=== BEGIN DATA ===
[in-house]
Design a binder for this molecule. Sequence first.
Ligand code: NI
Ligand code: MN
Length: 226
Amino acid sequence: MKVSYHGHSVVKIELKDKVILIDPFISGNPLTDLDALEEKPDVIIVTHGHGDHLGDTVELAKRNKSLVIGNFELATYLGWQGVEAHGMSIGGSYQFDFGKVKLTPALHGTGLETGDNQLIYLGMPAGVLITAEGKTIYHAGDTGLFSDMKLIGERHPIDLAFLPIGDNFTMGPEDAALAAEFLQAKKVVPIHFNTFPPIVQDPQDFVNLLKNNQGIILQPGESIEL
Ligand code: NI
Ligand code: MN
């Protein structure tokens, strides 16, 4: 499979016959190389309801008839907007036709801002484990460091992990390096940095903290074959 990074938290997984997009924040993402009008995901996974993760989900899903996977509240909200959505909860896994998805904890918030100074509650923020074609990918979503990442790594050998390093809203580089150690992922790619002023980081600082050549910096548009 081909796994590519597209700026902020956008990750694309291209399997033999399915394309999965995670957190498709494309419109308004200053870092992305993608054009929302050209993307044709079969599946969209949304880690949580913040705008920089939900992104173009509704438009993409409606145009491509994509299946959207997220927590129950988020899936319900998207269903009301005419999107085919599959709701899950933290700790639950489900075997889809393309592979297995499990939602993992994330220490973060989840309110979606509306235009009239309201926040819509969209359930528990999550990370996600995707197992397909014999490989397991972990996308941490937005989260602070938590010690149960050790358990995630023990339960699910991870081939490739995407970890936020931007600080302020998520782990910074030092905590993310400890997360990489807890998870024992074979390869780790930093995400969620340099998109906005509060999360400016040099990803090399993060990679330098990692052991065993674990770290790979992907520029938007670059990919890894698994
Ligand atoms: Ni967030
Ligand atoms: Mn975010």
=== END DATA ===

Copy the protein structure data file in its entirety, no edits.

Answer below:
[in-house]
Design a binder for this molecule. Sequence first.
Ligand code: NI
Ligand code: MN
Length: 226
Amino acid sequence: MKVSYHGHSVVKIELKDKVILIDPFISGNPLTDLDALEEKPDVIIVTHGHGDHLGDTVELAKRNKSLVIGNFELATYLGWQGVEAHGMSIGGSYQFDFGKVKLTPALHGTGLETGDNQLIYLGMPAGVLITAEGKTIYHAGDTGLFSDMKLIGERHPIDLAFLPIGDNFTMGPEDAALAAEFLQAKKVVPIHFNTFPPIVQDPQDFVNLLKNNQGIILQPGESIEL
Ligand code: NI
Ligand code: MN
């Protein structure tokens, strides 16, 4: 499979016959190389309801008839907007036709801002484990460091992990390096940095903290074959 990074938290997984997009924040993402009008995901996974993760989900899903996977509240909200959505909860896994998805904890918030100074509650923020074609990918979503990442790594050998390093809203580089150690992922790619002023980081600082050549910096548009 081909796994590519597209700026902020956008990750694309291209399997033999399915394309999965995670957190498709494309419109308004200053870092992305993608054009929302050209993307044709079969599946969209949304880690949580913040705008920089939900992104173009509704438009993409409606145009491509994509299946959207997220927590129950988020899936319900998207269903009301005419999107085919599959709701899950933290700790639950489900075997889809393309592979297995499990939602993992994330220490973060989840309110979606509306235009009239309201926040819509969209359930528990999550990370996600995707197992397909014999490989397991972990996308941490937005989260602070938590010690149960050790358990995630023990339960699910991870081939490739995407970890936020931007600080302020998520782990910074030092905590993310400890997360990489807890998870024992074979390869780790930093995400969620340099998109906005509060999360400016040099990803090399993060990679330098990692052991065993674990770290790979992907520029938007670059990919890894698994
Ligand atoms: Ni967030
Ligand atoms: Mn975010």